Meet Baraah: A Syrian refugee rebuilding her life and future in tech in Turkey

WFP Innovation Accelerator
4 min readSep 3, 2021

Baraah fled the conflict in Syria, eventually settling in Turkey and finding her future in tech. She speaks of her experiences in this second story in the series about graduates of EMPACT — the World Food Programme innovation project connecting students at risk of hunger to the global digital economy. Read the stories of Layth from Iraq and Ian from Kenya.

By Gulia Rakhimova

My name is Baraah. I’m 29 years old. And I did not surrender. I hope my story will inspire you to do the same.” Photo: Baraah/WFP

Baraah came to Turkey four years ago. She left her home country, Syria, because of armed conflict. “All I wanted was safety and a normal life for my family.”

Baraah is now building up a new life in Istanbul, 1,400 km away from her birth city of Al-Bukamal in eastern Syria. Memories of conflict and displacement left deep scars, but despite all challenges, she maintained her unstoppable spirit and ambition to pursue a career in tech.

Watch Baraah’s story narrated and filmed by herself.

Back in Al-Bukamal, Baraah grew up with her four brothers and parents, who nurtured her passion for learning. Having excelled at science in school, Baraah developed an interest in IT early on only to witness a lack of support and opportunities for women aspiring to work in this field. “Our society was shattering the ambition of a woman, seeing her place at home, caring for children.”

No university would offer IT courses close to Baraah’s hometown. “I would not be able to go to Damascus or abroad for studies alone as an unmarried woman,” she explains. Baraah did not give up and enrolled in an online degree programme in Information System Engineering. “It was difficult and new but interesting.”

During her third year of studies, Baraah met her husband, who supported her career ambitions. They had three children and settled into their new “normal life,” as Baraah calls it, until conflict erupted across Syria. As the security situation deteriorated, Baraah had to drop her university studies and put her dream of becoming an IT specialist on hold.

Thanks to online learning, Baraah could pursue her studies in IT. Photo: Baraah/WFP.

The family was displaced in their own country for five years, moving from one village to another, seeking shelter from airstrikes and armed clashes. “Every place we went was unsafe,” says Baraah. One night, she recalls they feared death as airstrikes destroyed nearby houses; the family left the country for good, only taking their identity documents.

“We left our homes, our memories, our dreams, and our ambitions.”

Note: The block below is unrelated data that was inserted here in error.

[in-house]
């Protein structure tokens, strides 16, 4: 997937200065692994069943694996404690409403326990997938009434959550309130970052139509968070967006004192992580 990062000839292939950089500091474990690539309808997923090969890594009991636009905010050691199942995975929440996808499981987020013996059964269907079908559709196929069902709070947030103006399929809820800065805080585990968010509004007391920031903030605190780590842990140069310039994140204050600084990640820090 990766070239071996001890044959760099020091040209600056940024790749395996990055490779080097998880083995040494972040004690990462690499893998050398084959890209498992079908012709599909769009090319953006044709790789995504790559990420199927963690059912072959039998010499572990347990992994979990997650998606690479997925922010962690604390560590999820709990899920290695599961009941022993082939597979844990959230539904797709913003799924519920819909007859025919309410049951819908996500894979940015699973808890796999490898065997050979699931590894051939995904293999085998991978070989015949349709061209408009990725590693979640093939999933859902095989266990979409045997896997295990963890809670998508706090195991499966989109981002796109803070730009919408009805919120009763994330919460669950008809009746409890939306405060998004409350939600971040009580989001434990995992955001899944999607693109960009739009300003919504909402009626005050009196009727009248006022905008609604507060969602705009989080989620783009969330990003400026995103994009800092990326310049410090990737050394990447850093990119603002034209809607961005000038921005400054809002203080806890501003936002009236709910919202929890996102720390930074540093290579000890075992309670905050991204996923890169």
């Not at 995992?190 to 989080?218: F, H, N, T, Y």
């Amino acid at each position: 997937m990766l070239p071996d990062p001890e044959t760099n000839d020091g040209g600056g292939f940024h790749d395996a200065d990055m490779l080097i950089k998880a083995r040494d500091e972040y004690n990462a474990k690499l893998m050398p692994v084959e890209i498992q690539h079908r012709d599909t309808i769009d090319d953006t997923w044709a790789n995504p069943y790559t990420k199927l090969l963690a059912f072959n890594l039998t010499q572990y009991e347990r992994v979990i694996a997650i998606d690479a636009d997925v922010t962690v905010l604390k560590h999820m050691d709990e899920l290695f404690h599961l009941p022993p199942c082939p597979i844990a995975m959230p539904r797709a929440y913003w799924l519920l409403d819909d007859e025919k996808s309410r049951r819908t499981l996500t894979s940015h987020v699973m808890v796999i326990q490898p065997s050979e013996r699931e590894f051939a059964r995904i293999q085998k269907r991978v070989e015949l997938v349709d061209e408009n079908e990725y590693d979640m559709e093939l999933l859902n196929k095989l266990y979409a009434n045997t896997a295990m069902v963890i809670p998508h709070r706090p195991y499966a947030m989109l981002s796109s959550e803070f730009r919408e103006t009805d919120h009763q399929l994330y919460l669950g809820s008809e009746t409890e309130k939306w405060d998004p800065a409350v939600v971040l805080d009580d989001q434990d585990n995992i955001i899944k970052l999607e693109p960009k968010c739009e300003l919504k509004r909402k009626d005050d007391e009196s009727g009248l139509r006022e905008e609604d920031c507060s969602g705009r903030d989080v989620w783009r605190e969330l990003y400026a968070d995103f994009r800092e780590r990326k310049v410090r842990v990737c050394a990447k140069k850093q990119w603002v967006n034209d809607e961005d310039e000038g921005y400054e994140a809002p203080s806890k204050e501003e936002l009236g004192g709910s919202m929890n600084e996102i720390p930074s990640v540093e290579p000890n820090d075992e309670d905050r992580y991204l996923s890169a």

Baraah and her family ended up in Turkey, joining 3.6 million other Syrian refugees. The journey that brought them there was harsh and left the family traumatized. “My children needed intense attention after losing their sense of safety and stability for years. We went through a lot of psychological and financial stress during that period.”

Starting all over again is hard, but Baraah showed remarkable resilience. She took Turkish language classes and continued her studies in a local university after six years of break. To increase her chances for employment, Baraah started looking for training opportunities. “My university classes were theory-intensive and I needed practical skills to find a job and support my family.”

Baraah struggled to find affordable training until she was accepted to the World Food Programme’s EMPACT training course implemented in collaboration with Kodluyoruz. She was among 112 Syrian refugees who trained with EMPACT in Istanbul.

“My experience with EMPACT provided me with everything I was looking for. It was a free training specifically welcoming Syrian refugees; I could study from home and would qualify for employment.” Baraah’s hard work paid off, landing her freelance jobs in web development even before she completed her IT training. She started her career developing an online store website.

“I regained my ambitions and dreams that I had thought were long gone.”

Now, Baraah is set to graduate from university with work experience already obtained in web development. Additionally, she is filled with hope and life. “I regained my ambitions and dreams that I had thought were long gone,” Baraah says determinedly.

“Now I work and study from home and take care of my children and my family… I realized that nothing hinders ambition as long as there is a lot of motivation and effort expended.”


EMPACT is a platform that connects refugees, displaced people and vulnerable host communities to the future of work by providing digital skills through a tailored, focused vocational training programme. EMPACT partners with leading tech firms to connect trainees with online work opportunities. In 2023, EMPACT reached 21,100 people in Iraq, Kenya, Turkey and Egypt and catalysed US$2.9 million in grants.

Read more about WFP’s EMPACT innovation project.

The WFP Innovation Accelerator sources, supports and scales high-potential solutions to end hunger worldwide. We provide WFP staff, entrepreneurs, start-ups, companies and non-governmental organizations with access to funding, mentorship, hands-on support and WFP operations.

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WFP Innovation Accelerator

Sourcing, supporting and scaling high-impact innovations to disrupt hunger.